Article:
If you’ve been paying attention to what we’ve been up to since spring you may remember Bob. He’s the fellow in Maine whose wife cares enough about him that she insisted he hire a guide while he completes the trailless peaks on the New England Hundred Highest list. Caring woman, smart man. We paired him with Redline Guide Ken Hodges figuring it might be a good fit. As it turns out, we were right. The two gentlemen have been getting along famously since they started with a foiled attempt (which was followed by a successful attempt) on Mt Nancy. After that they took on and won Vose Spur, then Peak Above the Nubble, then finished the New Hampshire qualifiers by the finally bagging the infamous Scar Ridge.
With the New Hampshire summits done, it was time to start — and nearly finish — the trailless Maine peaks on the list. Due to such long drive times, the men spent a few days north and east summiting, in order, Elephant Mountain, White Cap, Kennebago Divide, “Cupsuptic” Snow, East Kenebago, and Snow (Chain of Ponds)… wow. It wasn’t easy. Elephant a tough bore for starters, then rain dampened their time. Well, let’s let Ken tell it in his words, with his photos.
For our continuing quest to help Bob bag his New England 100 Highest, we both set out for a four-day trip to climb Elephant Mountain and the “6-Pack” in the Rangeley Maine area. The 6-Pack are a group of peaks that are supposedly trailless and are all under 4000-feet. —Ken Hodges
Day 1: Elephant Mountain (3773′)
Our first peak was Elephant, which we detoured to and climbed on the way north. We had some trail beta about a couple of herd paths so we drove up a long dirt road, found an entry point, and headed into the forest. A short distance in we realized that this route was going to be a nasty bushwack through thick, pencil-like spruce. We decided to head out and try another approach, which proved easier. We walked through herd paths and some trees but got to the summit and back down within three hours.
Day 2: White Cap (3855′) and Kennebago Divide (3776′)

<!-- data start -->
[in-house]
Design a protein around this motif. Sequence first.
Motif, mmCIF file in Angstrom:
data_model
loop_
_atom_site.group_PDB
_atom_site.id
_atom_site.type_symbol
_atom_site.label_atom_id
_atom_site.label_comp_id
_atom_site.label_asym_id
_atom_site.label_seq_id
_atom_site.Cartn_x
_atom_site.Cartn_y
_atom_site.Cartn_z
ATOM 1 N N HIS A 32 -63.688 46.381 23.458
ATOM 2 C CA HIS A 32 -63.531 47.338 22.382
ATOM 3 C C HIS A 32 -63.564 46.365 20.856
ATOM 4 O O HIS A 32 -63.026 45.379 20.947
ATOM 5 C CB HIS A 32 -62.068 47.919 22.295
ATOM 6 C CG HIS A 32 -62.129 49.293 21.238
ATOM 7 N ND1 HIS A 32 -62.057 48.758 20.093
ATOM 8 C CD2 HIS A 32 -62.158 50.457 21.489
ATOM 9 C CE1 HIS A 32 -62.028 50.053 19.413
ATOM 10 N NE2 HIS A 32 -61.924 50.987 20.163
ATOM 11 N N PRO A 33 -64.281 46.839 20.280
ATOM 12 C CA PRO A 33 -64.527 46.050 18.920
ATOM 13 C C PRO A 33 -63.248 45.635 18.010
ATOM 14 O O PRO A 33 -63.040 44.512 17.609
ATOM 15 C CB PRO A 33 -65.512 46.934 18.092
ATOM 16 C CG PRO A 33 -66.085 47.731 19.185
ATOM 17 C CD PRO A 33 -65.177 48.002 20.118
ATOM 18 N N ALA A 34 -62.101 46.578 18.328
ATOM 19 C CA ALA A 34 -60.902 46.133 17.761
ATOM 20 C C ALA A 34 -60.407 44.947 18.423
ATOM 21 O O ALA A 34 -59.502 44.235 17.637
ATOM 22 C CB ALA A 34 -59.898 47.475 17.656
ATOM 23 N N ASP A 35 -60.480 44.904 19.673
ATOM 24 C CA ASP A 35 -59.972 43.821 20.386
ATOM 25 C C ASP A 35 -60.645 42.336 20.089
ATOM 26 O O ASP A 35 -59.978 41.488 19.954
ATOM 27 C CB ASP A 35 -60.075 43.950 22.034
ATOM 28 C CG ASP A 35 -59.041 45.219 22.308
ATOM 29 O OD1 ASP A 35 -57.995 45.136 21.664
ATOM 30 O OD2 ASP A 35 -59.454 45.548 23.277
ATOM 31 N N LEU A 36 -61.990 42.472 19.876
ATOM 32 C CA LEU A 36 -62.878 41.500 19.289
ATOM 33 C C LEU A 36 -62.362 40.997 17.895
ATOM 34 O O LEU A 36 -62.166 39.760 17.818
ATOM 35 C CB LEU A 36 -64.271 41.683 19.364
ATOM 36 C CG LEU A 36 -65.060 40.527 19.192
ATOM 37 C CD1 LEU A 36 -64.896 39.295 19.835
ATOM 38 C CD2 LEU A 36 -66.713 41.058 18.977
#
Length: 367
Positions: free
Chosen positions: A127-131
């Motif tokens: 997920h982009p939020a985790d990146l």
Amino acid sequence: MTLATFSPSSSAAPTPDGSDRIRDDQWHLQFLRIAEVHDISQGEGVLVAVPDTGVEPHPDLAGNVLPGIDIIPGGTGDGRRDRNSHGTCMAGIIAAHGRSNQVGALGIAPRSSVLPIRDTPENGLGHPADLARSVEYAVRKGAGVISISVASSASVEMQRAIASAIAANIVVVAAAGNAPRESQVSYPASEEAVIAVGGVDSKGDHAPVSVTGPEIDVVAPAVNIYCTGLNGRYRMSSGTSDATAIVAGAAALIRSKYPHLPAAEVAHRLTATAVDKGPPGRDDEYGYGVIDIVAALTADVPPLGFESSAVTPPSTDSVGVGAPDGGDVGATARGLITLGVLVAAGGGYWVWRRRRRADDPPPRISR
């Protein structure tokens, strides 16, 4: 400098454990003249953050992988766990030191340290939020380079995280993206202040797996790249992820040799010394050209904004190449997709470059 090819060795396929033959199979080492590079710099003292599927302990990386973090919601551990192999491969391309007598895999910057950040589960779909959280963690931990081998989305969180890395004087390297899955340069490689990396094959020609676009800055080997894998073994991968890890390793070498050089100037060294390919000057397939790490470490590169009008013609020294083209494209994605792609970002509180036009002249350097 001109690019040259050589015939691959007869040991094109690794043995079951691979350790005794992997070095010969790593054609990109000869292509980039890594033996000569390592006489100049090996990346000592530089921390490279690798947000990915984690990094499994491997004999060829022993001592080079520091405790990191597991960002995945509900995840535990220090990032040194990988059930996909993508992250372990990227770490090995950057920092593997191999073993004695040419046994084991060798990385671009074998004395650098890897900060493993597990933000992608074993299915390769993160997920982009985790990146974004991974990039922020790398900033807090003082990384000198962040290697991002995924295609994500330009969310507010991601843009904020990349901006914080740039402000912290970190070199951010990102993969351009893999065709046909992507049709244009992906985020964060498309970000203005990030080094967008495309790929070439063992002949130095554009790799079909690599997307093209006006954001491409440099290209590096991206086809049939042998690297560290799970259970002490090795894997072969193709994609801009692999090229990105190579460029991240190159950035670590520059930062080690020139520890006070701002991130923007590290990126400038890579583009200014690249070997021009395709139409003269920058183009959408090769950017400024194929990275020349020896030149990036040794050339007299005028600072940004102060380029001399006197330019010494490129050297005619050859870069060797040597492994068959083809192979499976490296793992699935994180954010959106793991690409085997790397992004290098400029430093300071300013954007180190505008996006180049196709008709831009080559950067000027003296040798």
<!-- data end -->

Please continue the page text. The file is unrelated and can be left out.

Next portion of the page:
Day two arrived promising cloudy skies and temperatures in the mid 50s (not). Our objective was White Cap and (North) Kennebago Divide, both of which I hiked several years ago. The day started with an 18-mile ride on dirt roads on which we occasionally and quickly had to pull over to the side to allow for fully-loaded, fast-moving logging trucks. Along the way it started to rain lightly. We arrived at the end of the road and started up an old logging road, which was easily passible compared to when I last hiked here. Back the we trudged thru thigh deep slash till we got into the forest and found the herd path to White Cap. This time we walked on flattened slash and got to the herd path rather quickly, albeit in steady rain. Along the way we noticed a herd path marked with a very small cairn that marked an approach to Kennebago Divide. We trudged on through the rain past another herd path that I used to access Kennebago Divide that I remembered being thick forest sometimes. We summited White Cap on a well defined path but didn’t spend much time there because of the rain. We headed down hill, cutting in at the first herd path we saw on the way up. This path quickly headed uphill and joined the other path which is well defined these days. At the summit we put on extra layers as the temp was 38-degrees Fahrenheit and we were fairly soaked. The rain stopped as we got back to the car but it was an excellent hiking day regardless.
Day 3: East Kennebago (3789′) and “Cupsuptic” Snow (3783′)
Day three arrives cold but under skies. We headed out on the same 18 miles of dirt and gravel road for Snow and then a drive over to East Kennebago. Snow still has a lot of old logging slash also. We had some trail beta for this one besides what I remembered. After following trail sign for a while we decided to bushwack in a ways in the hope of transecting the herd path on the north east ridge. Along the way we encountered a fair amount of the omnipresent moose poop and a lot of fresh bear scat as well as their tracks. We bagged the summit and then descended on one of several well established herd paths. Once back at the car we started our drive over to East Kennebago. We drove a short cut over a very sketchy bridge. Never a dull moment!
Wiggle Brook Road Notes
The road into East Kennebago can not be driven unless you have high clearance and all-wheel/4-wheel drive. We got to the roads end and continued on foot past great views, eventually going into the forest on a good herd path. We did this one as quickly as possible as it was late in the day and we did not want to drive out that road after dark.
Day 4: Snow, Chain of Ponds Area (3960′)
On day four we get up, break camp, and head out for Snow Mountain in Eustis, Maine. This was to be our last peak on this trip. I had attempted this one last winter but skied out with a hiker who just wasn’t feeling the love that day. We drove in less than five miles of dirt road to a parking lot and started up an ATV trail on Penobscot Tribal land. There are roads and trails on this but one needs directions or you will put in a lot of extra miles on the way to the summit, as one hapless hiker did whom we met later that day. We spent a couple of hours hiking up on roads and trails with multiple turns on a perfect hiking day, weather-wise. We ate lunch on top with a couple from Vermont who we met along the way and had a leisurely hike back. Along the way we met up with a lone hiker who spent a lot of time wandering around trying to find the correct trail network. Hopefully we gave her all the info she needed.
Well done, gentlemen! Well done, indeed. Two to go!